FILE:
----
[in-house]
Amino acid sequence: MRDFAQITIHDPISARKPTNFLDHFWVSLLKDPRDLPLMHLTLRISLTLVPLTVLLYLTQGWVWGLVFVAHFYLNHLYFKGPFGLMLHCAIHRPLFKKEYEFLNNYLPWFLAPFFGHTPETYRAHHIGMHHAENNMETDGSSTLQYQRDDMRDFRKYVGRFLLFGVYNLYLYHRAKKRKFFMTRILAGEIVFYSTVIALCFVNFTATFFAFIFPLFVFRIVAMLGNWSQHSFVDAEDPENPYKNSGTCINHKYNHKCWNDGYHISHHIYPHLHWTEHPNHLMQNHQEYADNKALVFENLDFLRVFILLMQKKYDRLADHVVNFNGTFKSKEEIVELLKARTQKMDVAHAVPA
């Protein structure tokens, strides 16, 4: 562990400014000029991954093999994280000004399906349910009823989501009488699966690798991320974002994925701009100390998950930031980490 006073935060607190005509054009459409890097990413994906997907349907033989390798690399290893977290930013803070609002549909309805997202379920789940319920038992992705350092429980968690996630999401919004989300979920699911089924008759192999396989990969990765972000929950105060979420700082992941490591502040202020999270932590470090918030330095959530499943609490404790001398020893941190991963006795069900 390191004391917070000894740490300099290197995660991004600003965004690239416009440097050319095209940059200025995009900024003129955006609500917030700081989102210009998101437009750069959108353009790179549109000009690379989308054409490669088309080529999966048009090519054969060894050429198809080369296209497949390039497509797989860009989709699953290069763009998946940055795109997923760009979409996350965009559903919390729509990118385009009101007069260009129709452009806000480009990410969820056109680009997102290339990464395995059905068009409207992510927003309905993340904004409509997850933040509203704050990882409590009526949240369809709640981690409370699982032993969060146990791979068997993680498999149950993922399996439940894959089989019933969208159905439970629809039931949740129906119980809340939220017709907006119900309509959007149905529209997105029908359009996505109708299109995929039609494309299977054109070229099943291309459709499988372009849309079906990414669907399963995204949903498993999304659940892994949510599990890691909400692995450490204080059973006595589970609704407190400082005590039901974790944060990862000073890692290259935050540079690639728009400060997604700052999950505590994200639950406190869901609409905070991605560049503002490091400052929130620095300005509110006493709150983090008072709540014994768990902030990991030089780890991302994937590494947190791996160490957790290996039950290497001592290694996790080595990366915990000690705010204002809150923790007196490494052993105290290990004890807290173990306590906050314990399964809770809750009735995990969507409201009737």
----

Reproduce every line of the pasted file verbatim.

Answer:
[in-house]
Amino acid sequence: MRDFAQITIHDPISARKPTNFLDHFWVSLLKDPRDLPLMHLTLRISLTLVPLTVLLYLTQGWVWGLVFVAHFYLNHLYFKGPFGLMLHCAIHRPLFKKEYEFLNNYLPWFLAPFFGHTPETYRAHHIGMHHAENNMETDGSSTLQYQRDDMRDFRKYVGRFLLFGVYNLYLYHRAKKRKFFMTRILAGEIVFYSTVIALCFVNFTATFFAFIFPLFVFRIVAMLGNWSQHSFVDAEDPENPYKNSGTCINHKYNHKCWNDGYHISHHIYPHLHWTEHPNHLMQNHQEYADNKALVFENLDFLRVFILLMQKKYDRLADHVVNFNGTFKSKEEIVELLKARTQKMDVAHAVPA
């Protein structure tokens, strides 16, 4: 562990400014000029991954093999994280000004399906349910009823989501009488699966690798991320974002994925701009100390998950930031980490 006073935060607190005509054009459409890097990413994906997907349907033989390798690399290893977290930013803070609002549909309805997202379920789940319920038992992705350092429980968690996630999401919004989300979920699911089924008759192999396989990969990765972000929950105060979420700082992941490591502040202020999270932590470090918030330095959530499943609490404790001398020893941190991963006795069900 390191004391917070000894740490300099290197995660991004600003965004690239416009440097050319095209940059200025995009900024003129955006609500917030700081989102210009998101437009750069959108353009790179549109000009690379989308054409490669088309080529999966048009090519054969060894050429198809080369296209497949390039497509797989860009989709699953290069763009998946940055795109997923760009979409996350965009559903919390729509990118385009009101007069260009129709452009806000480009990410969820056109680009997102290339990464395995059905068009409207992510927003309905993340904004409509997850933040509203704050990882409590009526949240369809709640981690409370699982032993969060146990791979068997993680498999149950993922399996439940894959089989019933969208159905439970629809039931949740129906119980809340939220017709907006119900309509959007149905529209997105029908359009996505109708299109995929039609494309299977054109070229099943291309459709499988372009849309079906990414669907399963995204949903498993999304659940892994949510599990890691909400692995450490204080059973006595589970609704407190400082005590039901974790944060990862000073890692290259935050540079690639728009400060997604700052999950505590994200639950406190869901609409905070991605560049503002490091400052929130620095300005509110006493709150983090008072709540014994768990902030990991030089780890991302994937590494947190791996160490957790290996039950290497001592290694996790080595990366915990000690705010204002809150923790007196490494052993105290290990004890807290173990306590906050314990399964809770809750009735995990969507409201009737």